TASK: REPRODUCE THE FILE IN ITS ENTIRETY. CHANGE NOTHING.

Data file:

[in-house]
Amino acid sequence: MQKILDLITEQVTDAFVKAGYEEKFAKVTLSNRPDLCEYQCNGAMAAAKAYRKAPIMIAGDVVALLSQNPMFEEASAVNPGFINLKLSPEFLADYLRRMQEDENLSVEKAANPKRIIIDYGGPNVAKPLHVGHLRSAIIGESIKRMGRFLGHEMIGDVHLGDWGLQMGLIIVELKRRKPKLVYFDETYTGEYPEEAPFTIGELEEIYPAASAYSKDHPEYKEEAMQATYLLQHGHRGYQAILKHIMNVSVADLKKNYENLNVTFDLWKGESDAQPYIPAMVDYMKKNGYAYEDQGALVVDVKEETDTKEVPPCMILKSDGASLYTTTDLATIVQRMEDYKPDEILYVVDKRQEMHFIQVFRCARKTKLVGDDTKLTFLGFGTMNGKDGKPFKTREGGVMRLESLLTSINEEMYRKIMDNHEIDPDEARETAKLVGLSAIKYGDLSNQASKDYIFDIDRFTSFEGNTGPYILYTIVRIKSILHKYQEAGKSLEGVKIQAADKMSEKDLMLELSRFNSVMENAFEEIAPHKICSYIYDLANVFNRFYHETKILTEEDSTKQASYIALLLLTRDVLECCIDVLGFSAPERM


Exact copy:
[in-house]
Amino acid sequence: MQKILDLITEQVTDAFVKAGYEEKFAKVTLSNRPDLCEYQCNGAMAAAKAYRKAPIMIAGDVVALLSQNPMFEEASAVNPGFINLKLSPEFLADYLRRMQEDENLSVEKAANPKRIIIDYGGPNVAKPLHVGHLRSAIIGESIKRMGRFLGHEMIGDVHLGDWGLQMGLIIVELKRRKPKLVYFDETYTGEYPEEAPFTIGELEEIYPAASAYSKDHPEYKEEAMQATYLLQHGHRGYQAILKHIMNVSVADLKKNYENLNVTFDLWKGESDAQPYIPAMVDYMKKNGYAYEDQGALVVDVKEETDTKEVPPCMILKSDGASLYTTTDLATIVQRMEDYKPDEILYVVDKRQEMHFIQVFRCARKTKLVGDDTKLTFLGFGTMNGKDGKPFKTREGGVMRLESLLTSINEEMYRKIMDNHEIDPDEARETAKLVGLSAIKYGDLSNQASKDYIFDIDRFTSFEGNTGPYILYTIVRIKSILHKYQEAGKSLEGVKIQAADKMSEKDLMLELSRFNSVMENAFEEIAPHKICSYIYDLANVFNRFYHETKILTEEDSTKQASYIALLLLTRDVLECCIDVLGFSAPERM